Pranayama Breathing for Physical Health
The paradox of yoga practices is a simultaneous ease and complexity. At one level you can jump straight in and begin to reap the benefits, but the more you practice and learn, the more you realise how deeply complex these practices can be and how they could easily take a lifetime to master. Jennifer Schrader explores some of the preliminary aspects of pranayama – breathing exercises – and how they can improve physical health and wellbeing.
Yoga for Seniors
Margaret barely gets past the front door of my yoga studio before being warmly greeted by her classmates. She is returning to our Thursday morning yoga session after an absence of nearly a year, during which time she has had both a shoulder and hip reconstruction from a fall related to a sodium deficiency. At 86, she is also the oldest member of this group and has rarely missed a class since joining at age 69. Yoga has indeed been a vital aspect of her senior years. Anne Loudon relates.
Using Metaphor as a Catalyst for Physical Change
When you’re experiencing a strong emotion – happiness for example – whereabouts do you feel it? And when it’s there, is there anything else about it? Does it have a size or a shape? And when it’s there, and it’s that size and that shape, it’s like what? Before reading on, draw a quick diagram or picture to represent your answer. Whatever you drew will almost certainly be a metaphor: it compares the abstract concept of happiness to something much more tangible. Judy Rees explains.
Conscious Energy Breathing Is An Art and a Science
It may be surprising to hear that most people’s breathing mechanism is impaired at birth or during the formative years of childhood. Sometimes it can be so blocked that as young adults we just have enough breath to survive! This means that our capacities to regenerate, enjoy life and evolve can become limited because we have lost the ability to breathe energy as well as air. Ghislaine Bouskila explains.
Varma Therapy for Autism
Noting the suffering of families with autistic children, Sri Pranaji, a highly-skilled Siddha practitioner and teacher, strongly believes that there is an effective treatment for Autistic Spectrum Disorder (ASD.) By adapting knowledge from the ancient Siddha Varmam Healing System, he has created a specific massage therapy for autistic children called Varma Therapy for Autism. Lin Foley reports.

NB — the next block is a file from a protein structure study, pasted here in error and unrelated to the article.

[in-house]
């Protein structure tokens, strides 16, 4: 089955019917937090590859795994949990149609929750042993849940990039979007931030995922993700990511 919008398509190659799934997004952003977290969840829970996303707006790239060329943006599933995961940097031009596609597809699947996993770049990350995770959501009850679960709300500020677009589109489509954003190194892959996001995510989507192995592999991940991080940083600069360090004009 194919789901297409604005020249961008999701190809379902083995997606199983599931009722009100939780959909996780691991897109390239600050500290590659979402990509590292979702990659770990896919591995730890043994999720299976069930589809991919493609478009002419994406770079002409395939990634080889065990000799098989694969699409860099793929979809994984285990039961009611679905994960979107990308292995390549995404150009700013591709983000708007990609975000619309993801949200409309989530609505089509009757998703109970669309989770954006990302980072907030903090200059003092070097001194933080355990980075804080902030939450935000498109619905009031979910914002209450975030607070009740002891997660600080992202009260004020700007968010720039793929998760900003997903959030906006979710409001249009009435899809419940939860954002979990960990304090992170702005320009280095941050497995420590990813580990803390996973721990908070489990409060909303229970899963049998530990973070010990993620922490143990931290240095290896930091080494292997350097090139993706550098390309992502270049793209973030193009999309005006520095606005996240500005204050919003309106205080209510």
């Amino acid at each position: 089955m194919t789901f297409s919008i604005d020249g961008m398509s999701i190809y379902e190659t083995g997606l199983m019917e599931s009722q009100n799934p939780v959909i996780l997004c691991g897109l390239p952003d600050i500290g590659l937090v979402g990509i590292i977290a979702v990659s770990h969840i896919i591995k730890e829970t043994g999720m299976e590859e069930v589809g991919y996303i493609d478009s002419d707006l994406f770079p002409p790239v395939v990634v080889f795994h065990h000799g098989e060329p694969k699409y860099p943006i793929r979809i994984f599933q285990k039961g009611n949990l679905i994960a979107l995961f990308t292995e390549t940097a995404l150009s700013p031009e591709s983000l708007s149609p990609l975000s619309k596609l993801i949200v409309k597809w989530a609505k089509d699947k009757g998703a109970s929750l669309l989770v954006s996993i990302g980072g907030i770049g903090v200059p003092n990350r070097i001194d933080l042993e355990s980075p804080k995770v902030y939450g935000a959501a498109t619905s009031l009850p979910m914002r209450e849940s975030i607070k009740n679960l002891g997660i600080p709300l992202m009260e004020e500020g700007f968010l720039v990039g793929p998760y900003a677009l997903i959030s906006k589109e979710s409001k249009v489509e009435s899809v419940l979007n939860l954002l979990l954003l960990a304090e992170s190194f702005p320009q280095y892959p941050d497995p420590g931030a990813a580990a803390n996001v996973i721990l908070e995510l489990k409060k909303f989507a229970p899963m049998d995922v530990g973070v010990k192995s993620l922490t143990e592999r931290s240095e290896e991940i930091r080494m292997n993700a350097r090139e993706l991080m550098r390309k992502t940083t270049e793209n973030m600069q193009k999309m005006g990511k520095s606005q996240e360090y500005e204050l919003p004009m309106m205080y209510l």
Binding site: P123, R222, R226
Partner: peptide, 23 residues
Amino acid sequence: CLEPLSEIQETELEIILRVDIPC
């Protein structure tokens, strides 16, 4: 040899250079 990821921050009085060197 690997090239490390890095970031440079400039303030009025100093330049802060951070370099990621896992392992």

Extract from Yin Yoga by Ulrica Norberg
Yin can be described as stable, immobile, feminine, passive, cold, and downward moving. Yang is depicted as changing, mobile, masculine, active, hot, and upward moving. In nature, a mountain could be described as yin; the ocean, as yang. Within the body, the relatively stiff connective tissue (tendons, ligaments, fascia) is yin, while the pliant and mobile muscles and blood are yang.
Healing Your Inner Family: Part 2: The Challenge
In the previous article in this 4-part series on Healing Your Inner Family (Part 1 in Mar/May 2014 issue of The Art of Healing), Anne Matheson discussed how to build trusting relationships with your inner family. In this second article, Anne explains how it is not just about changing beliefs, but changing our feelings and the challenges this involves.
Peninsular Hot Springs
When, after driving for 1 ½ hours, I finally arrived at Peninsula Hot Springs (it is a 90 minute drive south of Melbourne on the Mornington Peninsula), I couldn’t get a car park! I couldn’t believe it. Here we are, in a rural location just outside of Rye, in the middle of a working week on a Wednesday morning, and the place is packed! A good sign me thinks …
Plus Regular Articles Which Include:
DREAMING HEALING: Dreamer, Heal Thyself: Diagnosing Physical Illness via Dreams
by Amy Campion
MUSINGS ON LIFE – Love Of All by Ted Scott
ART PROFILE: Curious Country by Howard Maylor
TREATMENT REVIEW: Octavier Chabrier
WHAT ABOUT OUR FOOD: What’s Happening to Our Garlic? by Lauren Waters
ASTROLOGICAL INSIGHTS by Tina Mews
RAW FOOD RECIPES
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